Why do women remain silent after experiencing sexual harassment in the workplace? One reason is that companies sometimes settle the matter privately in exchange for a nondisclosure agreement.
As we discussed in our previous post, some sexual harassment victims remain silent due to a well-grounded fear of retaliation. In many cases, victims are given a false choice between signing a secret cash settlement and suffering retribution.
Nondisclosure agreements (NDAs) used for this purpose seek to prevent the victim from discussing anything related to the wrongdoing with virtually any third party.
NDAs can be used to allow toxic bosses and colleagues to remain employed despite serious accusations of sexual misconduct. They are used to ensure the allegations remain nothing more than office gossip. They are used to protect both the perpetrator and the company from any further legal consequences.
What happens if you violate a nondisclosure agreement?
NDAs are not always legally enforceable. Even assuming one is, it’s not criminal to break one; it’s breach of contract. Violations may result in anything from a threatening letter to a lawsuit. The lawsuit may seek specific “liquidated” damages listed in the agreement, which may be high. It’s unlikely, however, that a court would require you to give back the settlement money or the equivalent.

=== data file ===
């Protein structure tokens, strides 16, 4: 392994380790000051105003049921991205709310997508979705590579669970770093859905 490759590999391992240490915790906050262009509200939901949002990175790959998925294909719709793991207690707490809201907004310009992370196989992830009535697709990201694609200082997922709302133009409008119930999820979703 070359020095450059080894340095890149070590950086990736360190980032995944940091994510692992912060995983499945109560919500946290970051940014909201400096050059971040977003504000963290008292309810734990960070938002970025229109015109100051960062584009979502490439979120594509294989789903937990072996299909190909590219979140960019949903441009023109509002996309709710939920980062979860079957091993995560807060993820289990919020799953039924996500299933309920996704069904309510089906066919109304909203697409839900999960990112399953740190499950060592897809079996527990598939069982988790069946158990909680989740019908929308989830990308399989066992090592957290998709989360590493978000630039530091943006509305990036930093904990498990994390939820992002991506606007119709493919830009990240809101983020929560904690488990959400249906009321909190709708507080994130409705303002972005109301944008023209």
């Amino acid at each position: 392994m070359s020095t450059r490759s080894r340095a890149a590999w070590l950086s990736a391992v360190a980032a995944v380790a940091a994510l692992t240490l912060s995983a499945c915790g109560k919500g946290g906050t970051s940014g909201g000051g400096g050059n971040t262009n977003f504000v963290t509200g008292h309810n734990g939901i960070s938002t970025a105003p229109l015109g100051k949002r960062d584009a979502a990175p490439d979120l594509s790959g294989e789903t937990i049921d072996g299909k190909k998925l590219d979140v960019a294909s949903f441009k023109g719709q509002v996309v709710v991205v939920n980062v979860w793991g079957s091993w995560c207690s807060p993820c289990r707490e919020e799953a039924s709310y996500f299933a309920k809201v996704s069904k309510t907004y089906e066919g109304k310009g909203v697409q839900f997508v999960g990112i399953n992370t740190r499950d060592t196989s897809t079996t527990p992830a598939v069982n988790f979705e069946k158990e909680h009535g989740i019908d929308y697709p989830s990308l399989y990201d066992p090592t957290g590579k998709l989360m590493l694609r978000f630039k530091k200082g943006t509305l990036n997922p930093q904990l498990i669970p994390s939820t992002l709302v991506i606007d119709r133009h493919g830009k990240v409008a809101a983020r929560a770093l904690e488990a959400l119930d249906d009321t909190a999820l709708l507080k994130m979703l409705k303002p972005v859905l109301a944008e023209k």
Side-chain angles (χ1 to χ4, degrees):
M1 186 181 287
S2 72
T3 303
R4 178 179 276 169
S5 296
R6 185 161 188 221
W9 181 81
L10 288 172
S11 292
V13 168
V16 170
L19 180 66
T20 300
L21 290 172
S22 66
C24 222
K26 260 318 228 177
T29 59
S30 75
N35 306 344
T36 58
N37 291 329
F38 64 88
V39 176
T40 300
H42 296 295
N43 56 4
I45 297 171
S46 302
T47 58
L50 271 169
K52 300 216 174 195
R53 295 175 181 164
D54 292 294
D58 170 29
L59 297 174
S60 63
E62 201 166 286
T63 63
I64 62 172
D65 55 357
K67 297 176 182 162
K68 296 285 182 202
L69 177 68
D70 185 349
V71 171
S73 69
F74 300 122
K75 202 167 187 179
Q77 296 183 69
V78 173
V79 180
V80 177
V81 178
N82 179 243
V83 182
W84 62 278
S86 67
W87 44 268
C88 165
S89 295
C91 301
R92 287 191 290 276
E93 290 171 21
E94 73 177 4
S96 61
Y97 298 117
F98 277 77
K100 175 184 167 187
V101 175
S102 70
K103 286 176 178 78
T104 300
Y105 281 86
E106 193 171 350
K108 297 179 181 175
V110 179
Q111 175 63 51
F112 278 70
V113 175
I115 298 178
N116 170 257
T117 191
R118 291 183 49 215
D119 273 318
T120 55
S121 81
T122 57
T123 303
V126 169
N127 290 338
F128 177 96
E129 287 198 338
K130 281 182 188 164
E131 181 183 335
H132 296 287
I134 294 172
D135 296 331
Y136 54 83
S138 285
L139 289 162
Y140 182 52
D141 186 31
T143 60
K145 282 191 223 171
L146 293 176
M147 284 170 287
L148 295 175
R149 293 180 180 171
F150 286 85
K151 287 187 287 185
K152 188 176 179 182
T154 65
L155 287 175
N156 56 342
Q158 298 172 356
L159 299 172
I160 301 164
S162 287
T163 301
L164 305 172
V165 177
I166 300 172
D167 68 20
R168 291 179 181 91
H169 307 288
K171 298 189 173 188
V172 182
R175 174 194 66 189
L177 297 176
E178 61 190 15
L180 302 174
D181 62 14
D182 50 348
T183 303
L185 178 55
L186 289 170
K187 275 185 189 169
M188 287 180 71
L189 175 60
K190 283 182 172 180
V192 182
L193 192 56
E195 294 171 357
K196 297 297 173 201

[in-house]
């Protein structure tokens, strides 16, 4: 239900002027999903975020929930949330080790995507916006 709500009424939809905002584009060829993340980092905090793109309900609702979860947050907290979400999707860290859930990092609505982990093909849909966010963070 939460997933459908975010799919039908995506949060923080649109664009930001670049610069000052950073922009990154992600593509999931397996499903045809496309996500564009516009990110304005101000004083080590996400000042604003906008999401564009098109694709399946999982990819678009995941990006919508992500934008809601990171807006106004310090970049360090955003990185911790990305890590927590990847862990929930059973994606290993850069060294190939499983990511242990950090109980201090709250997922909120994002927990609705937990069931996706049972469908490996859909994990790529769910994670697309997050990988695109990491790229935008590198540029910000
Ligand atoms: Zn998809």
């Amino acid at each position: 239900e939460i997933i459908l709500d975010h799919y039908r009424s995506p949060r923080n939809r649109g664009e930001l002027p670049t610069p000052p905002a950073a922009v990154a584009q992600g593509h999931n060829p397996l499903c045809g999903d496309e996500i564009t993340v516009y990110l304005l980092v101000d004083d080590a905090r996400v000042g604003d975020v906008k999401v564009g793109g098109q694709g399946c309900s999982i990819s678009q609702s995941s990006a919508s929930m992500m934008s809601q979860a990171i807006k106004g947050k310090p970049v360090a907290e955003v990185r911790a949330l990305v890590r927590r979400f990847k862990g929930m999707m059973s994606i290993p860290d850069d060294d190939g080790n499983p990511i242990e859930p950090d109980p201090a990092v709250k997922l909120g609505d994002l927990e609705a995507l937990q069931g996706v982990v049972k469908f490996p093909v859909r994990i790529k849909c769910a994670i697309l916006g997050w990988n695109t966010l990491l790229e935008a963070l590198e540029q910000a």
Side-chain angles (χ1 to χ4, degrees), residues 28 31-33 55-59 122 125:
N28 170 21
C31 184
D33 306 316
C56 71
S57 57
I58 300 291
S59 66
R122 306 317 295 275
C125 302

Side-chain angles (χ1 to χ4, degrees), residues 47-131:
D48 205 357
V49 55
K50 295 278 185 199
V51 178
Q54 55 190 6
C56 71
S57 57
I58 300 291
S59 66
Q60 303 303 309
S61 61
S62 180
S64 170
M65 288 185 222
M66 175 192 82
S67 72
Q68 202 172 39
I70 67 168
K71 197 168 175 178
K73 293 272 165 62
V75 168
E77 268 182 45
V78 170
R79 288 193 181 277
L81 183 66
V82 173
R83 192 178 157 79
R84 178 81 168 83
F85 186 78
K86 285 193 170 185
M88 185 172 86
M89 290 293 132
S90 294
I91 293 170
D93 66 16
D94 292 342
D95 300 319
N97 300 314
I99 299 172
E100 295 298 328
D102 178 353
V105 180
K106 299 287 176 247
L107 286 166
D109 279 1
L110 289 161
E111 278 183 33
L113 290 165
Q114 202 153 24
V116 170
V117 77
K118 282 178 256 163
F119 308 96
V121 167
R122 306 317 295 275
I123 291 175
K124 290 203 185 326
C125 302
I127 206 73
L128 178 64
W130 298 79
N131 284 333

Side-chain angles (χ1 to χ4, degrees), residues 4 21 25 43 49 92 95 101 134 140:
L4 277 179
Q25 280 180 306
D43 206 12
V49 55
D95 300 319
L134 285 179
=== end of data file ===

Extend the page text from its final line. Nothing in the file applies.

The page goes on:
Not every breach will result in litigation, however. As you may know, actor Rose McGowan settled a sexual assault case with Harvey Weinstein in 1997. That settlement included an NDA, which McGowan apparently obeyed for 20 years until the allegations against Weinstein this year. She has come forward with her story, and it seems unlikely that Weinstein or his former employers will sue.
It’s important to note that you can still file a sexual harassment complaint with the Equal Employment Opportunity Commission after signing an NDA. A court recently dismissed a case in which CVS Health Corp. attempted to prohibit communication with the EEOC through an NDA in its severance agreements.
Moreover, some legal scholars say that NDAs are not or should not be enforceable when used to cover up criminal behavior.
“It should be a question of whether all of this is enforceable for public policy reasons,” says a labor and employment law professor at the University of San Diego.
Should you sign a settlement with an NDA?
If you have been sexually harassed and your company has offered to settle with you, they may wish to include a nondisclosure agreement. Should you sign?
Not without discussing it with an attorney first. Settlements and NDAs are legal documents that may limit your rights — or appear to. Your lawyer can ensure you understand all of your rights.